I have been retired from baseball for about 9 years now (well if you don't count the two comeback attempts). From 2002 to 2004, that number was being born, little by little growing, blood, sweat and tears coming all together to make that number mean a lot to me. Not because of personal accomplishment, but because those 84 saves I recorded were a total team effort. It became my little identity as a baseball player.
People remember that. And since I have been watching the game from the outside, looking in, I get to appreciate how crazy this record is and how lucky we all had to be. I realize how only an inch here and there would change everything. How a short center fielder went over the fence in Houston to steal a homerun on a 3-2 changeup to Lance Berkman in a stadium at the time that no way you could rob a homerun. Ironically, his name is Dave Roberts, the current Dodgers manager, a good friend of mine.
I loved the save because, to me, it was a team stat and it meant that I helped the team to win a ballgame. I know the save stats has a lot of people thinking that it is pretty easy compared to the older generation relievers and I could not agree more. Back in the days, guys like Rollie Fingers, Goose Gossage, and Mike Marshall had to appear in 125 to 200 innings as relievers. That is crazy and hard to compare, because I don't think it's fair for them and not a good comparison. It would be like saying that Maurice “Rocket” Richard would be the same exact player playing in today's NHL, which I don't think anyone could say for sure. Different speed, rules, enforcers, etc.
Let’s go back to that sweet memory I have. They used to say “Game Over” on the scoreboard when I walked in. Guns n' Roses playing as loud as possible in the speakers, and 51,000 fans going crazy. Trust me, that is by far the best feeling in the world. I will forever be searching for that high again, but I am not sure that will ever be possible.
I have been asked many times what I was like. How did you do it? Were you “in the zone” everyday? Well, here it is: I have no idea how it all happened, except that I worked extremely hard for a lot of years to get better. I had a lot of failures to get me to that point. I was in the zone, but there were days that I was really scared. Actually, most days I was scared, but when the fans were on their feet and when I got in the game, all I was thinking is: “go out there and preserve the win for your teammates that worked 7-8 innings to get there, get as many outs as needed and get out of there quickly.” That's the only thing I had in mind.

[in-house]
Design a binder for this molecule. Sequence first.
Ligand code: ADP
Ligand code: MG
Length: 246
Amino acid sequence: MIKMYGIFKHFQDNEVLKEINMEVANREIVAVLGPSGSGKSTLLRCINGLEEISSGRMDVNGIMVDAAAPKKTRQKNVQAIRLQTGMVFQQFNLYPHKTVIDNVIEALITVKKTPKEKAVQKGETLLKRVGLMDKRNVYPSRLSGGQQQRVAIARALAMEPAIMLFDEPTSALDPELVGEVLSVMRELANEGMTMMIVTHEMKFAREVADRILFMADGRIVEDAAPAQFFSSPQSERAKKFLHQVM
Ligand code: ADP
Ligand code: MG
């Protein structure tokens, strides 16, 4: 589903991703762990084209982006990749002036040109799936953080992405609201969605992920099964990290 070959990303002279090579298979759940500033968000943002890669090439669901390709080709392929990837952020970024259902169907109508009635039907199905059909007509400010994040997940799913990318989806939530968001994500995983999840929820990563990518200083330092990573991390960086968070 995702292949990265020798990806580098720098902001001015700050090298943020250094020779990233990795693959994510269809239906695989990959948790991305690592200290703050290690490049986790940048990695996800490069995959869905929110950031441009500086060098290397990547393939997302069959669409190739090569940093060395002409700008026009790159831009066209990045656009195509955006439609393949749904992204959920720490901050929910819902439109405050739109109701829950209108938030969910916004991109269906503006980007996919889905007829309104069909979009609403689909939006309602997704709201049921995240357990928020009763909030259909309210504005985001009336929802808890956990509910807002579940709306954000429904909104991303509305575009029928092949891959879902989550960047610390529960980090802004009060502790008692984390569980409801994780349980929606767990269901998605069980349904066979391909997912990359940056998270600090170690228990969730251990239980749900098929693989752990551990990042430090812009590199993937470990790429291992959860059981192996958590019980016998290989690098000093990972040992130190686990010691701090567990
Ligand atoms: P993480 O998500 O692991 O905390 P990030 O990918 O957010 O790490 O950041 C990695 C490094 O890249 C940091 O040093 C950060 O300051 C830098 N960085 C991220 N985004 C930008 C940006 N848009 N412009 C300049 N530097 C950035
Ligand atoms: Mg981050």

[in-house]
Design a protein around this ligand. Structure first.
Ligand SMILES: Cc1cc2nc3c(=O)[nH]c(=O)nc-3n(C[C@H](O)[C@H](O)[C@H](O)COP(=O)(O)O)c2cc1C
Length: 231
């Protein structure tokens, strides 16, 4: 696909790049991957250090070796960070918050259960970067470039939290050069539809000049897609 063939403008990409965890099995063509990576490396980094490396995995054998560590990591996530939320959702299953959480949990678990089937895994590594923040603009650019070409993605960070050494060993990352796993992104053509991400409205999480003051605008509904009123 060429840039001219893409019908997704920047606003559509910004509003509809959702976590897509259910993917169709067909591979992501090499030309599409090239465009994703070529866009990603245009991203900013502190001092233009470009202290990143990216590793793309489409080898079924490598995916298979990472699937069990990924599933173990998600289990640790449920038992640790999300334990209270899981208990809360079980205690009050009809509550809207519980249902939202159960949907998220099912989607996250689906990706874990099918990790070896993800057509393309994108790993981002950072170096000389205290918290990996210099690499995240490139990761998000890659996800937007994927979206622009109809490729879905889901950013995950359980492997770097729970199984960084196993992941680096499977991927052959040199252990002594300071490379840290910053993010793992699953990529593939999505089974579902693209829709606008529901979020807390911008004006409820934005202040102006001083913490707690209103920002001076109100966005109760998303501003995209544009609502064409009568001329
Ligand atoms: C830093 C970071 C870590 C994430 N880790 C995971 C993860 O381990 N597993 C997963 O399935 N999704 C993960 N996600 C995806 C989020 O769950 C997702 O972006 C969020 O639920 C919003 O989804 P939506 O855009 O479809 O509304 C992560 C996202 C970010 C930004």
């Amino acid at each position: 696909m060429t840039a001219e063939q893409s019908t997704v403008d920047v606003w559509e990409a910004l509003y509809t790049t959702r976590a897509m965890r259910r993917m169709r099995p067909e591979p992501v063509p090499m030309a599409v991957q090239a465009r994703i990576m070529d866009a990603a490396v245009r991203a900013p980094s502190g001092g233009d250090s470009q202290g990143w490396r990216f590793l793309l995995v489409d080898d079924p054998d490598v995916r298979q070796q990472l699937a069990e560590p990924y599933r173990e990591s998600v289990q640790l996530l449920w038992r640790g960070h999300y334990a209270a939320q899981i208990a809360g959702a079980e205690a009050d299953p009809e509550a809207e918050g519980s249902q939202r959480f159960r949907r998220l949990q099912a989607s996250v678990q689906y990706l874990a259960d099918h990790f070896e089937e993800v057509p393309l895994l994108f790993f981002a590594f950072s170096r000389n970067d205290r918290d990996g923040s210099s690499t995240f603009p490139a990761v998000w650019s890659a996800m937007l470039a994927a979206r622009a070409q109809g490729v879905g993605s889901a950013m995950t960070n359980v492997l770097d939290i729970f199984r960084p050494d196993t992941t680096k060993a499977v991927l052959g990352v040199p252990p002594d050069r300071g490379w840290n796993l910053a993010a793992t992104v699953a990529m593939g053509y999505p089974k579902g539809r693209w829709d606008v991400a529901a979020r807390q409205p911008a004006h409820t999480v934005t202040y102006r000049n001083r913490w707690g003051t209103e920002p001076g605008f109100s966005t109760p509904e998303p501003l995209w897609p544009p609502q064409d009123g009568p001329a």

Of course, at that point of my career, I had been through a lot of ups and downs, so I was a little more mature. I would jog to the mound and everything would slow down. My trick was to sing my song in my head and keep the rhythm, so I knew I would slow things down.
And it happened: 84 times in a row. It’s crazy when I say that out loud. It doesn't sound right. A few weeks ago, my record was being challenged but ended after 60 saves in a row by Zach Britton, an amazing reliever from the Baltimore Orioles. The game his streak ended, reminded me of every teammate I had during my streak. All the great defenses that helped me preserve the.
Of course, records are meant to be broken and I know mine will be one day. But to see how hard it is to get that many saves in a row makes me appreciate what we accomplished as a team. I feel that it's not my own record, but it's a Dodgers record. It was the best moments of my career. It went so fast, but man was that fun.
Now, it's Jesen Therrien’s turn to go through the ups and downs, to learn who he is as a major leaguer and, little by little, learn the ins and outs of this never ending mental puzzle that is called pitching. Like I love to tell the kids I teach each offseason: “pitching is never fully mastered. It's like trying to make a puzzle with all round pieces: there's an infinite number of putting it together.” Our ambassador Jesen Therien has the chance to do it now and we are all behind you. Even with the Tommy John surgery he had lately, I am sure he will come back stronger. He has a great team around him and he is the type of guy who will come out stronger and better. He is the best candidate for an amazing comeback, and meanwhile, in his rehab, we all know he will learn a lot.